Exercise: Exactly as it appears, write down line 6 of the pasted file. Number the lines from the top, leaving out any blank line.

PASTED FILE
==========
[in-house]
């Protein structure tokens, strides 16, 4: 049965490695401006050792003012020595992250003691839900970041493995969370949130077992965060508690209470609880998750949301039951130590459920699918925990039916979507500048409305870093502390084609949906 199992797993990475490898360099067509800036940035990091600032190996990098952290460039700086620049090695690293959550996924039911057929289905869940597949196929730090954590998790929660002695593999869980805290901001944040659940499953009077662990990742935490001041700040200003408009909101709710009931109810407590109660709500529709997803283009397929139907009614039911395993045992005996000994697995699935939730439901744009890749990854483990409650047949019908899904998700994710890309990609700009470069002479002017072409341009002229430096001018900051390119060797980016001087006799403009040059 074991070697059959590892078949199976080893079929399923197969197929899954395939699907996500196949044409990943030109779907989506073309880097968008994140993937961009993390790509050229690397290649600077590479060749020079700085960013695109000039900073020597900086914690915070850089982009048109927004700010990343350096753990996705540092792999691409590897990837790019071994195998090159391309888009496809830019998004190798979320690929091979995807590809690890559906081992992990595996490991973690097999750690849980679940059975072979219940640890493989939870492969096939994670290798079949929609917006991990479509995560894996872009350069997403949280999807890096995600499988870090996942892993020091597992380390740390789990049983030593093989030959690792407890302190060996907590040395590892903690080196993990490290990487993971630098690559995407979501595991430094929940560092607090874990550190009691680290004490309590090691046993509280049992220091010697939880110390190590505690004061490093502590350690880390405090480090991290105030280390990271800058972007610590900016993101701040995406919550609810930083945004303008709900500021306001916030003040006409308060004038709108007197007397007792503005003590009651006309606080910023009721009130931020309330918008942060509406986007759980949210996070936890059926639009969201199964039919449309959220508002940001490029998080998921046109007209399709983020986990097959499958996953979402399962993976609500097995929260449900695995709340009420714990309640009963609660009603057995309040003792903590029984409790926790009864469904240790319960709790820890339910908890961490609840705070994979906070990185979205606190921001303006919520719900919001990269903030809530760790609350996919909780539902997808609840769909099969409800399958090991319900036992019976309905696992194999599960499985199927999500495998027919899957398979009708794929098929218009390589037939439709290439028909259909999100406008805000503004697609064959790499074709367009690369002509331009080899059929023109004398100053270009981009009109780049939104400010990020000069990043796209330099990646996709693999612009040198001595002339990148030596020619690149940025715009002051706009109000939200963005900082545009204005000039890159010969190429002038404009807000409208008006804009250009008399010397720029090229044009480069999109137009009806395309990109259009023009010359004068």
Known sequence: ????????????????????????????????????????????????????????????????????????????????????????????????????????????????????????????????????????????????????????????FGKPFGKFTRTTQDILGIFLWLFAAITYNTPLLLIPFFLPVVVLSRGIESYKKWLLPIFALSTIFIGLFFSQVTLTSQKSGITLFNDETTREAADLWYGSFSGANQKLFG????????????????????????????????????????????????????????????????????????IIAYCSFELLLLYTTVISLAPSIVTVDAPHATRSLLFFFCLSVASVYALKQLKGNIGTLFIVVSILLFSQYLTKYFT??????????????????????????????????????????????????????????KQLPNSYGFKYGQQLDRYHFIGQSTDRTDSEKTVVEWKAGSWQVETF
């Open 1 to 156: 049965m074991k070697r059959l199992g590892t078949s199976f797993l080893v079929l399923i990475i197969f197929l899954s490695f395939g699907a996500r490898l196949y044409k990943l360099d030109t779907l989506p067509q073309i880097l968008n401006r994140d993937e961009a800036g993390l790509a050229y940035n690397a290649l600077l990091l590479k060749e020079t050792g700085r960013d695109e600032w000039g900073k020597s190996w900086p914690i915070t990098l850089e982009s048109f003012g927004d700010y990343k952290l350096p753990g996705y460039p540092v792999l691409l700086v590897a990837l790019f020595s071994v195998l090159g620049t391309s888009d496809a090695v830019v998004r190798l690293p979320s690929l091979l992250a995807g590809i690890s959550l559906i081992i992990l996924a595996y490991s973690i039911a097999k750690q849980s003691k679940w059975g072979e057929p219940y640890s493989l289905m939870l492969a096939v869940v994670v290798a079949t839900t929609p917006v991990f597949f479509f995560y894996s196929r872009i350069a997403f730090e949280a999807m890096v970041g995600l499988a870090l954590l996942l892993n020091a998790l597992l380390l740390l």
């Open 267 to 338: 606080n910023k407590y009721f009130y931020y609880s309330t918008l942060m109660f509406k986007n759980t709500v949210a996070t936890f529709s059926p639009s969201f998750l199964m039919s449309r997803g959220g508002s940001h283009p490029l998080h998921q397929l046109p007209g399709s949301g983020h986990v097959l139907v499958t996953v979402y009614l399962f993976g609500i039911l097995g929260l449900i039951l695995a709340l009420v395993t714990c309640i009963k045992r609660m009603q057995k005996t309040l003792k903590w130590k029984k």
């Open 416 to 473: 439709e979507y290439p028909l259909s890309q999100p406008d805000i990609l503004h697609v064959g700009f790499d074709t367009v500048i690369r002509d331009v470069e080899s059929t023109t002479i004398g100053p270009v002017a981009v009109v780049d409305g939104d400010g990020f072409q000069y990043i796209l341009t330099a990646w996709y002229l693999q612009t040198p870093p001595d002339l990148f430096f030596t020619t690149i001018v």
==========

């Open 416 to 473: 439709e979507y290439p028909l259909s890309q999100p406008d805000i990609l503004h697609v064959g700009f790499d074709t367009v500048i690369r002509d331009v470069e080899s059929t023109t002479i004398g100053p270009v002017a981009v009109v780049d409305g939104d400010g990020f072409q000069y990043i796209l341009t330099a990646w996709y002229l693999q612009t040198p870093p001595d002339l990148f430096f030596t020619t690149i001018v």